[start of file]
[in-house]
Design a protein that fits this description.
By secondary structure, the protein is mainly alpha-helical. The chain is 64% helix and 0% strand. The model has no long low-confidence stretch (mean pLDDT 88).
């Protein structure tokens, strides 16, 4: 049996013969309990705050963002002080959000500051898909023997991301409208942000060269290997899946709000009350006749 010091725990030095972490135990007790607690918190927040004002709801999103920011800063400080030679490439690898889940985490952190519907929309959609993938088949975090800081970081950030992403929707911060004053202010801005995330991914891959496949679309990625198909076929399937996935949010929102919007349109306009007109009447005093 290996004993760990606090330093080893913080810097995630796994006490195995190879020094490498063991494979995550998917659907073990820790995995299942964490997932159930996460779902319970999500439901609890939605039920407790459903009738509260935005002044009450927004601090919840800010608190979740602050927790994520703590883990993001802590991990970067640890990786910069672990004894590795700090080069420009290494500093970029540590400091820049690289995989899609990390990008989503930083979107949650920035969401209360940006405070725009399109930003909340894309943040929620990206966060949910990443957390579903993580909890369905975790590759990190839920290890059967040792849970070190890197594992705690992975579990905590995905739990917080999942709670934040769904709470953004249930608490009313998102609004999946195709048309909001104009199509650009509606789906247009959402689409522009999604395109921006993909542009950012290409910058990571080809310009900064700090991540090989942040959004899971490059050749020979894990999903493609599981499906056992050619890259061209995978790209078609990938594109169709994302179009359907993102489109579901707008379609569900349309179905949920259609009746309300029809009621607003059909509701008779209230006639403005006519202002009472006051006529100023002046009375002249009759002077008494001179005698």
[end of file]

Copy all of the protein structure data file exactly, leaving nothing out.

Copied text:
[in-house]
Design a protein that fits this description.
By secondary structure, the protein is mainly alpha-helical. The chain is 64% helix and 0% strand. The model has no long low-confidence stretch (mean pLDDT 88).
């Protein structure tokens, strides 16, 4: 049996013969309990705050963002002080959000500051898909023997991301409208942000060269290997899946709000009350006749 010091725990030095972490135990007790607690918190927040004002709801999103920011800063400080030679490439690898889940985490952190519907929309959609993938088949975090800081970081950030992403929707911060004053202010801005995330991914891959496949679309990625198909076929399937996935949010929102919007349109306009007109009447005093 290996004993760990606090330093080893913080810097995630796994006490195995190879020094490498063991494979995550998917659907073990820790995995299942964490997932159930996460779902319970999500439901609890939605039920407790459903009738509260935005002044009450927004601090919840800010608190979740602050927790994520703590883990993001802590991990970067640890990786910069672990004894590795700090080069420009290494500093970029540590400091820049690289995989899609990390990008989503930083979107949650920035969401209360940006405070725009399109930003909340894309943040929620990206966060949910990443957390579903993580909890369905975790590759990190839920290890059967040792849970070190890197594992705690992975579990905590995905739990917080999942709670934040769904709470953004249930608490009313998102609004999946195709048309909001104009199509650009509606789906247009959402689409522009999604395109921006993909542009950012290409910058990571080809310009900064700090991540090989942040959004899971490059050749020979894990999903493609599981499906056992050619890259061209995978790209078609990938594109169709994302179009359907993102489109579901707008379609569900349309179905949920259609009746309300029809009621607003059909509701008779209230006639403005006519202002009472006051006529100023002046009375002249009759002077008494001179005698």